The most dangerous evil twins remain invisible and allow you to do business as usual. But in the background, they record everything you are typing. Buy something online and they are recording your credit card information. Log on to your bankaccount, and they can grab your password. Some hotspots may even feed you a fake Web page after you log on asking you to update your billing information. This is the same tactic used in phishing scams.
Thousands of viruses are currently circulating on the Internet with more being discovered daily. So how does a virus get it’s name?
There is no official government body or organization that names viruses. In most cases, the anti-virus company that discovers it gets to name it; and, it’s a very competitive race to see who can discover new viruses first!
The criminals creating viruses like to leave clues as to what they want their virus to be named, but researchers who discover (and fight) them don’t give their authors the satisfaction of keeping the name. To hackers, creating a destructive, difficult to disable virus is a badge of honor. So instead of giving these cyber criminals the publicity they crave, virus researchers will name a virus based on the type of system it attacks, what it does, or other random reasons.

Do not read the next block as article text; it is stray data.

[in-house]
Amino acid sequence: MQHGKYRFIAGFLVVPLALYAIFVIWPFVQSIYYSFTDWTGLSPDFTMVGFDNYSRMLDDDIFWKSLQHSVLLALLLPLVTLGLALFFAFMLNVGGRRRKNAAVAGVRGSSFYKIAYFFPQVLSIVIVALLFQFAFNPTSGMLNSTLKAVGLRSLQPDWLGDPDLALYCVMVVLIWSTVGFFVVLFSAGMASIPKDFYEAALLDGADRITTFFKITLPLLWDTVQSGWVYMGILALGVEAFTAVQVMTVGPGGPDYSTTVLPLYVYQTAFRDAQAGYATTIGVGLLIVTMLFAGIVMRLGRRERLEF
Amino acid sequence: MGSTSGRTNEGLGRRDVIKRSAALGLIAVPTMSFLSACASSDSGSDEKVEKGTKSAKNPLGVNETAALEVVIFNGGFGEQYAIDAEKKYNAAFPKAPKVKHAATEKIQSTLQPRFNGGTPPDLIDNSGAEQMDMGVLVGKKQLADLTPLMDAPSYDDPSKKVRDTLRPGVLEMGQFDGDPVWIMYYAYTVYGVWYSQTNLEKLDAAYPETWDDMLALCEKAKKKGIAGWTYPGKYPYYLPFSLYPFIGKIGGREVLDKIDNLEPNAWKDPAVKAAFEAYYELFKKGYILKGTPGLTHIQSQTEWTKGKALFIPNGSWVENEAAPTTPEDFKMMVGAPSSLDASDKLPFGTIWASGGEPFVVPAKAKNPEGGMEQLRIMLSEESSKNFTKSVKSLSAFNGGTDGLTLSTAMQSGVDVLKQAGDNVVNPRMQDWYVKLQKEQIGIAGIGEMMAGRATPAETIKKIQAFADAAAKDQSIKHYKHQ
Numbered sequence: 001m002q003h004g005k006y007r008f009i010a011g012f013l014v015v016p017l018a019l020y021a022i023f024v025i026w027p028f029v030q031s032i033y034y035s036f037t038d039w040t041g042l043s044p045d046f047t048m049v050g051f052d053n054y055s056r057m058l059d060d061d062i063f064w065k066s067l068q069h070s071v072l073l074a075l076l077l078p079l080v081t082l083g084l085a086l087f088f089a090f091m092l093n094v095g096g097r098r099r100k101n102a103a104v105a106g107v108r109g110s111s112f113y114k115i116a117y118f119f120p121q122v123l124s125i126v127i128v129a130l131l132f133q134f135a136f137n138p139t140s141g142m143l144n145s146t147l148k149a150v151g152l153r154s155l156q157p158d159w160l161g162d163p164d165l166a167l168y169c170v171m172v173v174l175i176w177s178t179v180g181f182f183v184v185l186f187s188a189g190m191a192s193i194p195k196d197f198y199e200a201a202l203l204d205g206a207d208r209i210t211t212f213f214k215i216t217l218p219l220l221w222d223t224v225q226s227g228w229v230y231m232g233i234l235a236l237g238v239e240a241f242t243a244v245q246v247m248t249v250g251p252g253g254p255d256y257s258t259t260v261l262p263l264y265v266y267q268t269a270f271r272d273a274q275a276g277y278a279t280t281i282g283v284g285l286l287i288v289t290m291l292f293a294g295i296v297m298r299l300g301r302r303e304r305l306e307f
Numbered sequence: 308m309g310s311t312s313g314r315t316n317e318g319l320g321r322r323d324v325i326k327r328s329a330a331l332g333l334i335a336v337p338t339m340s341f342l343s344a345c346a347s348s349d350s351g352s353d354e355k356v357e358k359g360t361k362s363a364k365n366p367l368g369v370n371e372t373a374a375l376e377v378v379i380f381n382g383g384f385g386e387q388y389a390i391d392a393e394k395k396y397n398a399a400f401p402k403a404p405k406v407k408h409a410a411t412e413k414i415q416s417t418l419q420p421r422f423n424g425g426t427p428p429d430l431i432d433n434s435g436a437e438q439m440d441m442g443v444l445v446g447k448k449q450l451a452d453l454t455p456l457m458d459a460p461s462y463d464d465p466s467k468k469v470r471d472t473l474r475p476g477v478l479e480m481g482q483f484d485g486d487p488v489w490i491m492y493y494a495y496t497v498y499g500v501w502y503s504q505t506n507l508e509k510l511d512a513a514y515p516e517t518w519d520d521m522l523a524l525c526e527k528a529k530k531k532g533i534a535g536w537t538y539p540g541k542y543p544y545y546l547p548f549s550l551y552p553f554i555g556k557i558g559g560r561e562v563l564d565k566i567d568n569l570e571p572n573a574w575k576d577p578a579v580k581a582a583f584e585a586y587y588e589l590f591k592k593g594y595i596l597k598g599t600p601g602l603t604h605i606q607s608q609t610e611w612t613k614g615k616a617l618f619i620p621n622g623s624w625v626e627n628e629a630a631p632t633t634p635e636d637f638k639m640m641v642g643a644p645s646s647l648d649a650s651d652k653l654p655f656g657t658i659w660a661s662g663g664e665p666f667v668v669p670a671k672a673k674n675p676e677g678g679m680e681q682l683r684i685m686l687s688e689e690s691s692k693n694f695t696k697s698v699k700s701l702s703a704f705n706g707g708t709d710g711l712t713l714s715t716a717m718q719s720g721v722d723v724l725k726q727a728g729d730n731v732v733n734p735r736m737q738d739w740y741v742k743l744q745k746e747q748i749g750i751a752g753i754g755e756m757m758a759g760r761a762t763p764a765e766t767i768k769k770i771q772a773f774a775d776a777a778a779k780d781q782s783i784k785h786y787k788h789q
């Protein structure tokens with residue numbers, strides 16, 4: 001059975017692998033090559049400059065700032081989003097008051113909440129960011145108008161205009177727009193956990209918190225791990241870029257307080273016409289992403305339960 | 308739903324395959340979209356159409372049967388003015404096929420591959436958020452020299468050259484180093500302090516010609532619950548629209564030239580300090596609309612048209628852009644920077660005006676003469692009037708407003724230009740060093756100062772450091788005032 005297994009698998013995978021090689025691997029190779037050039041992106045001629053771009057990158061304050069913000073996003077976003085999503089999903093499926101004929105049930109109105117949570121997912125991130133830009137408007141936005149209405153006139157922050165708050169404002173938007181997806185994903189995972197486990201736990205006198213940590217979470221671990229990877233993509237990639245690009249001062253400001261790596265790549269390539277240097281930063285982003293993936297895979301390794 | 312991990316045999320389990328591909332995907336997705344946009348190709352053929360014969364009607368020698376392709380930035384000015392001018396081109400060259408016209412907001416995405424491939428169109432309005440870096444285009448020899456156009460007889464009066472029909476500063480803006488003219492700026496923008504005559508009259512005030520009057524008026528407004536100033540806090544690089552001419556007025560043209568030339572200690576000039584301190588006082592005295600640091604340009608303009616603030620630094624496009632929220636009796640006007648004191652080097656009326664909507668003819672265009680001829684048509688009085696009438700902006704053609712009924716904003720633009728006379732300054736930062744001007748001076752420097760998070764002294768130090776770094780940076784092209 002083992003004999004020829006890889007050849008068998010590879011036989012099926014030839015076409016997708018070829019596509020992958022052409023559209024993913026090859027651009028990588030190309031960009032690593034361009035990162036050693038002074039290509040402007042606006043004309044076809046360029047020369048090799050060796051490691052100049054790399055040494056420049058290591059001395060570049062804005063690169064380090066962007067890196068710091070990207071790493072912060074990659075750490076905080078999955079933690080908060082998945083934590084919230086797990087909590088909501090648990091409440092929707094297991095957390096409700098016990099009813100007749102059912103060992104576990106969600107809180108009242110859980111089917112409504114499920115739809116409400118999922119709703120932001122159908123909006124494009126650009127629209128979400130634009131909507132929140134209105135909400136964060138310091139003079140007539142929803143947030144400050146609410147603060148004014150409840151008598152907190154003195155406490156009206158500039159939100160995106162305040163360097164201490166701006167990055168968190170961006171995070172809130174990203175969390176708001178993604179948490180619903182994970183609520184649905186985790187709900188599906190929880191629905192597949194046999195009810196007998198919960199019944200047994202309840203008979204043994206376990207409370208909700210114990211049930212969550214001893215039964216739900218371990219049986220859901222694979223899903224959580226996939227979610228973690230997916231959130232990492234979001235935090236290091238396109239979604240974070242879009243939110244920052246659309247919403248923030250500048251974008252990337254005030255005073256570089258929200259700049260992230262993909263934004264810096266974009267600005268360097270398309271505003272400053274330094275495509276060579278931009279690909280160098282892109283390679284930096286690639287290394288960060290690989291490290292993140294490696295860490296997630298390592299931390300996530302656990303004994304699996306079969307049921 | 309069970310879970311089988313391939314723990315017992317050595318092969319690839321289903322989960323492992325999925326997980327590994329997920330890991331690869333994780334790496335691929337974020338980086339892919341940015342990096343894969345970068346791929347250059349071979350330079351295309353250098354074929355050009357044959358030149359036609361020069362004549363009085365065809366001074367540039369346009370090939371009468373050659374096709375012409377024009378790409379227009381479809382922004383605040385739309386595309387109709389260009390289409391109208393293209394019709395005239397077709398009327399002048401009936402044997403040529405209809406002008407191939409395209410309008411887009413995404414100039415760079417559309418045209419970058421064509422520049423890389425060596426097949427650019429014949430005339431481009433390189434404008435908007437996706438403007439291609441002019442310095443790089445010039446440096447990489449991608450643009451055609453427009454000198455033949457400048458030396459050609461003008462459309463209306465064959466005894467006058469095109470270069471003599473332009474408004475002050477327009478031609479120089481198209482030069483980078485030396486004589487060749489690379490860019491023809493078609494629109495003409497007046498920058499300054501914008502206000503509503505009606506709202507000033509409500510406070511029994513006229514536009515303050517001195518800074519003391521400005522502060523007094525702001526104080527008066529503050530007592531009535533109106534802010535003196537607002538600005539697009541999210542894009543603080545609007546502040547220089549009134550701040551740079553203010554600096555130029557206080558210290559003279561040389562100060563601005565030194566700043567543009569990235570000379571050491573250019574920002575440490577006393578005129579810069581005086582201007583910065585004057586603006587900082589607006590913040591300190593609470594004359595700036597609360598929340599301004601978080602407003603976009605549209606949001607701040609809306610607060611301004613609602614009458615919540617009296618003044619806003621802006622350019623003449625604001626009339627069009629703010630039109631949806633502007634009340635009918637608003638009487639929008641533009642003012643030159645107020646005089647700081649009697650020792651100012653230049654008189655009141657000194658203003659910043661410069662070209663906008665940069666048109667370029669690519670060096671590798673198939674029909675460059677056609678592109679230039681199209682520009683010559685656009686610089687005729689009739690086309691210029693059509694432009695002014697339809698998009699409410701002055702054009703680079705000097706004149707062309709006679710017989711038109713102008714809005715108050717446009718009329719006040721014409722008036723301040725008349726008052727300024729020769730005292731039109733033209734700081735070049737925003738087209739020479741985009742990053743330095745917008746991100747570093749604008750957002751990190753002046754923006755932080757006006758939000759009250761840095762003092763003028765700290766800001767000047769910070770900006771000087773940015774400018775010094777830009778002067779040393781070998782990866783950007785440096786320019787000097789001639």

For example, the Code Red virus got its name from an eEye Digital Security researcher’s beverage of choice — the cola variety of Mountain Dew soft drink. Apparently he was drinking this the night he cracked the corruptive code.
Creativity aside, most anti-virus companies have policies and letter-number formulas for naming viruses because it’s becoming more and more difficult to come up with unique names for viruses. Symantec’s Norton anti-virus software currently has a catalogue of over 58,193 known viruses—and the number grows every day.